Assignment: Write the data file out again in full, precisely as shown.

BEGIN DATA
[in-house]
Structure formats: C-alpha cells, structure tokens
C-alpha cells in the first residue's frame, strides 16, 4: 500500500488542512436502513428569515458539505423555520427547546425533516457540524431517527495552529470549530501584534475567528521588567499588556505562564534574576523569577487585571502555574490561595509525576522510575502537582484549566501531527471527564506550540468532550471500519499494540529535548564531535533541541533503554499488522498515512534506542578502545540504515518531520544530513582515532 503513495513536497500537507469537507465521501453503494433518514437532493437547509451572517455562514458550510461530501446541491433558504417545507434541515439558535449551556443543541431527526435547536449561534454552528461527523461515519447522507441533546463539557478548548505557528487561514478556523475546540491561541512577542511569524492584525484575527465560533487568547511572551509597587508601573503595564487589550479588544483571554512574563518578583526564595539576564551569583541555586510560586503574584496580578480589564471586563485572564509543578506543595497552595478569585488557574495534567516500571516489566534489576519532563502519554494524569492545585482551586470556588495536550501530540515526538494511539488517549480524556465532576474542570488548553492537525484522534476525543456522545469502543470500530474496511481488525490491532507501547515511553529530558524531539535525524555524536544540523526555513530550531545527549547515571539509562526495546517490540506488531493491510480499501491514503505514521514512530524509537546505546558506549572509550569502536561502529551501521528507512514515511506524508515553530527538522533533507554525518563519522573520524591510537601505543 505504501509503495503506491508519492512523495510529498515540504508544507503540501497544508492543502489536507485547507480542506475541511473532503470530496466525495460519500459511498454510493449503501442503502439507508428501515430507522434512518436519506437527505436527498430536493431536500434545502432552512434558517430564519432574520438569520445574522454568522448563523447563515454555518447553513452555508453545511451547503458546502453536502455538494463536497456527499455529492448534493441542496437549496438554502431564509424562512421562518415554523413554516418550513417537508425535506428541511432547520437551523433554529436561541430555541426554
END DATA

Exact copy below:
[in-house]
Structure formats: C-alpha cells, structure tokens
C-alpha cells in the first residue's frame, strides 16, 4: 500500500488542512436502513428569515458539505423555520427547546425533516457540524431517527495552529470549530501584534475567528521588567499588556505562564534574576523569577487585571502555574490561595509525576522510575502537582484549566501531527471527564506550540468532550471500519499494540529535548564531535533541541533503554499488522498515512534506542578502545540504515518531520544530513582515532 503513495513536497500537507469537507465521501453503494433518514437532493437547509451572517455562514458550510461530501446541491433558504417545507434541515439558535449551556443543541431527526435547536449561534454552528461527523461515519447522507441533546463539557478548548505557528487561514478556523475546540491561541512577542511569524492584525484575527465560533487568547511572551509597587508601573503595564487589550479588544483571554512574563518578583526564595539576564551569583541555586510560586503574584496580578480589564471586563485572564509543578506543595497552595478569585488557574495534567516500571516489566534489576519532563502519554494524569492545585482551586470556588495536550501530540515526538494511539488517549480524556465532576474542570488548553492537525484522534476525543456522545469502543470500530474496511481488525490491532507501547515511553529530558524531539535525524555524536544540523526555513530550531545527549547515571539509562526495546517490540506488531493491510480499501491514503505514521514512530524509537546505546558506549572509550569502536561502529551501521528507512514515511506524508515553530527538522533533507554525518563519522573520524591510537601505543 505504501509503495503506491508519492512523495510529498515540504508544507503540501497544508492543502489536507485547507480542506475541511473532503470530496466525495460519500459511498454510493449503501442503502439507508428501515430507522434512518436519506437527505436527498430536493431536500434545502432552512434558517430564519432574520438569520445574522454568522448563523447563515454555518447553513452555508453545511451547503458546502453536502455538494463536497456527499455529492448534493441542496437549496438554502431564509424562512421562518415554523413554516418550513417537508425535506428541511432547520437551523433554529436561541430555541426554